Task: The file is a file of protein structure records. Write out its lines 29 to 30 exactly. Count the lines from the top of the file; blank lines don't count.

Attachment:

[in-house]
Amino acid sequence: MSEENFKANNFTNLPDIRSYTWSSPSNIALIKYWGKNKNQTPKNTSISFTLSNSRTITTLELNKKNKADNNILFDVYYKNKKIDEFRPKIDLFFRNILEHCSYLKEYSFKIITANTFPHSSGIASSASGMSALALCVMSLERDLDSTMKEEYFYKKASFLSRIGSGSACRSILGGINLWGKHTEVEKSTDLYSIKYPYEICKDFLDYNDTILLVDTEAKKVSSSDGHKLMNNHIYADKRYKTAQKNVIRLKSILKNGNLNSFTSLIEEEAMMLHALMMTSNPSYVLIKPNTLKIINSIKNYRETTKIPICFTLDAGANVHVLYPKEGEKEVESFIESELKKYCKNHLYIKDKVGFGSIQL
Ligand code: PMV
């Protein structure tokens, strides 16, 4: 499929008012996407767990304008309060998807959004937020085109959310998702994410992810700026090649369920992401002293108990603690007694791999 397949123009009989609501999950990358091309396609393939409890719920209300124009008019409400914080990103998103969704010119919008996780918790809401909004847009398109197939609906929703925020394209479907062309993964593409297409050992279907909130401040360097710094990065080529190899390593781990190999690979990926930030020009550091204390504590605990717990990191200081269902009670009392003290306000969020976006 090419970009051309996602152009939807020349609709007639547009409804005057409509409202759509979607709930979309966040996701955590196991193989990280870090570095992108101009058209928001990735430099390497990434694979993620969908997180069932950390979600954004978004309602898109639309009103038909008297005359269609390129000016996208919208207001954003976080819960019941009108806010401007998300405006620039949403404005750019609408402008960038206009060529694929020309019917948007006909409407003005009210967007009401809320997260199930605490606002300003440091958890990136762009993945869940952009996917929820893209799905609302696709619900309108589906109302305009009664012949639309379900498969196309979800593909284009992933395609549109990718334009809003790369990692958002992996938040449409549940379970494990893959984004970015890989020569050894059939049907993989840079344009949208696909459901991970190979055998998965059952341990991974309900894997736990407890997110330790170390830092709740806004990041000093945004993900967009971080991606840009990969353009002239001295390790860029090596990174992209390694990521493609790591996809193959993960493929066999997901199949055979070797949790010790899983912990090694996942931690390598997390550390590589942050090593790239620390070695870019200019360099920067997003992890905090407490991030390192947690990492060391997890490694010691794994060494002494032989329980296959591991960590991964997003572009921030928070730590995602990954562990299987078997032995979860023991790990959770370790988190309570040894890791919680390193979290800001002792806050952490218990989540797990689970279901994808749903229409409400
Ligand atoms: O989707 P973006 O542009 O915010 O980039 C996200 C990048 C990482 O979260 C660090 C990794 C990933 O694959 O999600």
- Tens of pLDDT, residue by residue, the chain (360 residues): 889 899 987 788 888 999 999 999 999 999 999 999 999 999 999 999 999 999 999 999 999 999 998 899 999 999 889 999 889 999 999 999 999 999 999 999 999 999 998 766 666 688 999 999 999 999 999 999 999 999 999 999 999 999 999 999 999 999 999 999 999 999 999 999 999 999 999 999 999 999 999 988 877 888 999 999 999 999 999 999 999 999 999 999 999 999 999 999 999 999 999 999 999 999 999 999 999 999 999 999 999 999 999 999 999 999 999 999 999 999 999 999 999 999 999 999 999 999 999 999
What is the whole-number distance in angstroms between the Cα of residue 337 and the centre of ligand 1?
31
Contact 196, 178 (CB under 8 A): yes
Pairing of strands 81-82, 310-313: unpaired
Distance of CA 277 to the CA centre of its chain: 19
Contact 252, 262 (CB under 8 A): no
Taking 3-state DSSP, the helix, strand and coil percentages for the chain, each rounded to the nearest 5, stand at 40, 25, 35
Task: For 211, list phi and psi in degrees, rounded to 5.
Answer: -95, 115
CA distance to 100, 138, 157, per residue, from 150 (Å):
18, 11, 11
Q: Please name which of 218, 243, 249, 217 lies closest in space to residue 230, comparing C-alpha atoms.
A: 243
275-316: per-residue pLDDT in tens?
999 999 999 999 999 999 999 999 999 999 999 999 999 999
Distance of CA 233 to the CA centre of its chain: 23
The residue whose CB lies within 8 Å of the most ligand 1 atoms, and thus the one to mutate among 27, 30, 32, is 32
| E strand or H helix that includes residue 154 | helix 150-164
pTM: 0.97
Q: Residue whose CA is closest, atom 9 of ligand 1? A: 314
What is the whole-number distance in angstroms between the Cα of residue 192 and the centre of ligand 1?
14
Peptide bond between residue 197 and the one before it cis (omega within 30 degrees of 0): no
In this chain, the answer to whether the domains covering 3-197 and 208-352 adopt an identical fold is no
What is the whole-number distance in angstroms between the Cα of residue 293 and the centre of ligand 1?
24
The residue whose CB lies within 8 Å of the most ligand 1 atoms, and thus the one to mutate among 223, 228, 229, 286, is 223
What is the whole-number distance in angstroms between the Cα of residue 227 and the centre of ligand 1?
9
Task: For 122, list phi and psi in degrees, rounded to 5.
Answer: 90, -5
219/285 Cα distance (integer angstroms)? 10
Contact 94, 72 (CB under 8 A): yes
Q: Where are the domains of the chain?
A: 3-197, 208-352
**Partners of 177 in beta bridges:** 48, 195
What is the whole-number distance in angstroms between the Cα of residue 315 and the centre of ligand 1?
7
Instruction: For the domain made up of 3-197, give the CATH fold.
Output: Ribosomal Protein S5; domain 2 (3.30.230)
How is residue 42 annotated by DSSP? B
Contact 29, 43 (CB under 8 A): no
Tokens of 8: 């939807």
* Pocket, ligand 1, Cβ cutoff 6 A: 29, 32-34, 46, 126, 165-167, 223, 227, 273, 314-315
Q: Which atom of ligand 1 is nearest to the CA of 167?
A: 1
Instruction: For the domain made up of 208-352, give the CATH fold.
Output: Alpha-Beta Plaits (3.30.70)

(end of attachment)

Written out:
Peptide bond between residue 197 and the one before it cis (omega within 30 degrees of 0): no
In this chain, the answer to whether the domains covering 3-197 and 208-352 adopt an identical fold is no